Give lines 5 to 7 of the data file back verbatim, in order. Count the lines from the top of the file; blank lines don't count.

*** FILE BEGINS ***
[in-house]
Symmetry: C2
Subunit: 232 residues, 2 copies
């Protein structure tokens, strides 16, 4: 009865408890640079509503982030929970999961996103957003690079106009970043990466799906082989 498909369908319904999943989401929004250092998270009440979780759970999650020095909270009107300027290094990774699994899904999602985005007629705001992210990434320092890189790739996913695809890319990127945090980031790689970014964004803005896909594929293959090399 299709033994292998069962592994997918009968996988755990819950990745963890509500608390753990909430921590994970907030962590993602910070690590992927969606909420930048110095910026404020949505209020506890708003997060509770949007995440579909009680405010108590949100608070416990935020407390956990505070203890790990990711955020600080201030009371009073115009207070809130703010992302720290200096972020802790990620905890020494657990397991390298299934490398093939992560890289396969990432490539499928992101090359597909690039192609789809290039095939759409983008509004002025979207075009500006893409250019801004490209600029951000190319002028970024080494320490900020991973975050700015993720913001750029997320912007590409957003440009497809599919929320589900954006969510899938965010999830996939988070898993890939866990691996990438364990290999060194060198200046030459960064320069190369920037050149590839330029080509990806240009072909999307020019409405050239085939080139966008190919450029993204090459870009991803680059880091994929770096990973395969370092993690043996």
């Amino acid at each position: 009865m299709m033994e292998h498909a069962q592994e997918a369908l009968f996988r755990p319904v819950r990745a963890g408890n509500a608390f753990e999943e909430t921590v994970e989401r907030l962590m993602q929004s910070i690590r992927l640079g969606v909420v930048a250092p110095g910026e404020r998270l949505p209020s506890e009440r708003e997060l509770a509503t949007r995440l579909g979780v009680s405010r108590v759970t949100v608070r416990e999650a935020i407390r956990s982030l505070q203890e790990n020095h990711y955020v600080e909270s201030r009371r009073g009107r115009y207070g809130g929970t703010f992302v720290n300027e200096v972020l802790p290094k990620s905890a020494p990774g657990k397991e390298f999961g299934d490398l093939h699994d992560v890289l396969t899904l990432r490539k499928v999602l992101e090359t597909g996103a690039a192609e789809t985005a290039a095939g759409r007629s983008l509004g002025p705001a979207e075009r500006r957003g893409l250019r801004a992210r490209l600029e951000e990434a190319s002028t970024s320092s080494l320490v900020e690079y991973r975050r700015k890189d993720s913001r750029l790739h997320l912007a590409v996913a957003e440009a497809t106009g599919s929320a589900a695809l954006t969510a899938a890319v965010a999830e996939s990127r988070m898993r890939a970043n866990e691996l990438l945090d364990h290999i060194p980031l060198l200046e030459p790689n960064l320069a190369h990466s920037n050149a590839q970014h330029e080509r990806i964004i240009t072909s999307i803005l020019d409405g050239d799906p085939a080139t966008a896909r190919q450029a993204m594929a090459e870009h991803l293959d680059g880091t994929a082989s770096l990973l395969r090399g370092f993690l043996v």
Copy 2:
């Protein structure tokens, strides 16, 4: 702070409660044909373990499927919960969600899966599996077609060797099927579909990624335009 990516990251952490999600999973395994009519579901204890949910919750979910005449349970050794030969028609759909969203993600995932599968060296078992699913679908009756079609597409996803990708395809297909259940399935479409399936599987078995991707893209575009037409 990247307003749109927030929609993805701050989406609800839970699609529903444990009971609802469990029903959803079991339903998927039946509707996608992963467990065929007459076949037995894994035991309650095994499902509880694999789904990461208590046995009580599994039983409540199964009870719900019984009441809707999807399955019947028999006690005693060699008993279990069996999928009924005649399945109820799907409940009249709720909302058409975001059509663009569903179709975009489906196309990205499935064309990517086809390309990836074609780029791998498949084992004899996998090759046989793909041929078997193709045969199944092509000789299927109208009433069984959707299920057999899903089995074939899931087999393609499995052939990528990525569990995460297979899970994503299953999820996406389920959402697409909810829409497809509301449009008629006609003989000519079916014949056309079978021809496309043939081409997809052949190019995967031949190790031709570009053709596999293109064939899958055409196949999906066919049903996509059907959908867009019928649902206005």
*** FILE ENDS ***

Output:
């Amino acid at each position: 009865m299709m033994e292998h498909a069962q592994e997918a369908l009968f996988r755990p319904v819950r990745a963890g408890n509500a608390f753990e999943e909430t921590v994970e989401r907030l962590m993602q929004s910070i690590r992927l640079g969606v909420v930048a250092p110095g910026e404020r998270l949505p209020s506890e009440r708003e997060l509770a509503t949007r995440l579909g979780v009680s405010r108590v759970t949100v608070r416990e999650a935020i407390r956990s982030l505070q203890e790990n020095h990711y955020v600080e909270s201030r009371r009073g009107r115009y207070g809130g929970t703010f992302v720290n300027e200096v972020l802790p290094k990620s905890a020494p990774g657990k397991e390298f999961g299934d490398l093939h699994d992560v890289l396969t899904l990432r490539k499928v999602l992101e090359t597909g996103a690039a192609e789809t985005a290039a095939g759409r007629s983008l509004g002025p705001a979207e075009r500006r957003g893409l250019r801004a992210r490209l600029e951000e990434a190319s002028t970024s320092s080494l320490v900020e690079y991973r975050r700015k890189d993720s913001r750029l790739h997320l912007a590409v996913a957003e440009a497809t106009g599919s929320a589900a695809l954006t969510a899938a890319v965010a999830e996939s990127r988070m898993r890939a970043n866990e691996l990438l945090d364990h290999i060194p980031l060198l200046e030459p790689n960064l320069a190369h990466s920037n050149a590839q970014h330029e080509r990806i964004i240009t072909s999307i803005l020019d409405g050239d799906p085939a080139t966008a896909r190919q450029a993204m594929a090459e870009h991803l293959d680059g880091t994929a082989s770096l990973l395969r090399g370092f993690l043996v």
Copy 2:
């Protein structure tokens, strides 16, 4: 702070409660044909373990499927919960969600899966599996077609060797099927579909990624335009 990516990251952490999600999973395994009519579901204890949910919750979910005449349970050794030969028609759909969203993600995932599968060296078992699913679908009756079609597409996803990708395809297909259940399935479409399936599987078995991707893209575009037409 990247307003749109927030929609993805701050989406609800839970699609529903444990009971609802469990029903959803079991339903998927039946509707996608992963467990065929007459076949037995894994035991309650095994499902509880694999789904990461208590046995009580599994039983409540199964009870719900019984009441809707999807399955019947028999006690005693060699008993279990069996999928009924005649399945109820799907409940009249709720909302058409975001059509663009569903179709975009489906196309990205499935064309990517086809390309990836074609780029791998498949084992004899996998090759046989793909041929078997193709045969199944092509000789299927109208009433069984959707299920057999899903089995074939899931087999393609499995052939990528990525569990995460297979899970994503299953999820996406389920959402697409909810829409497809509301449009008629006609003989000519079916014949056309079978021809496309043939081409997809052949190019995967031949190790031709570009053709596999293109064939899958055409196949999906066919049903996509059907959908867009019928649902206005």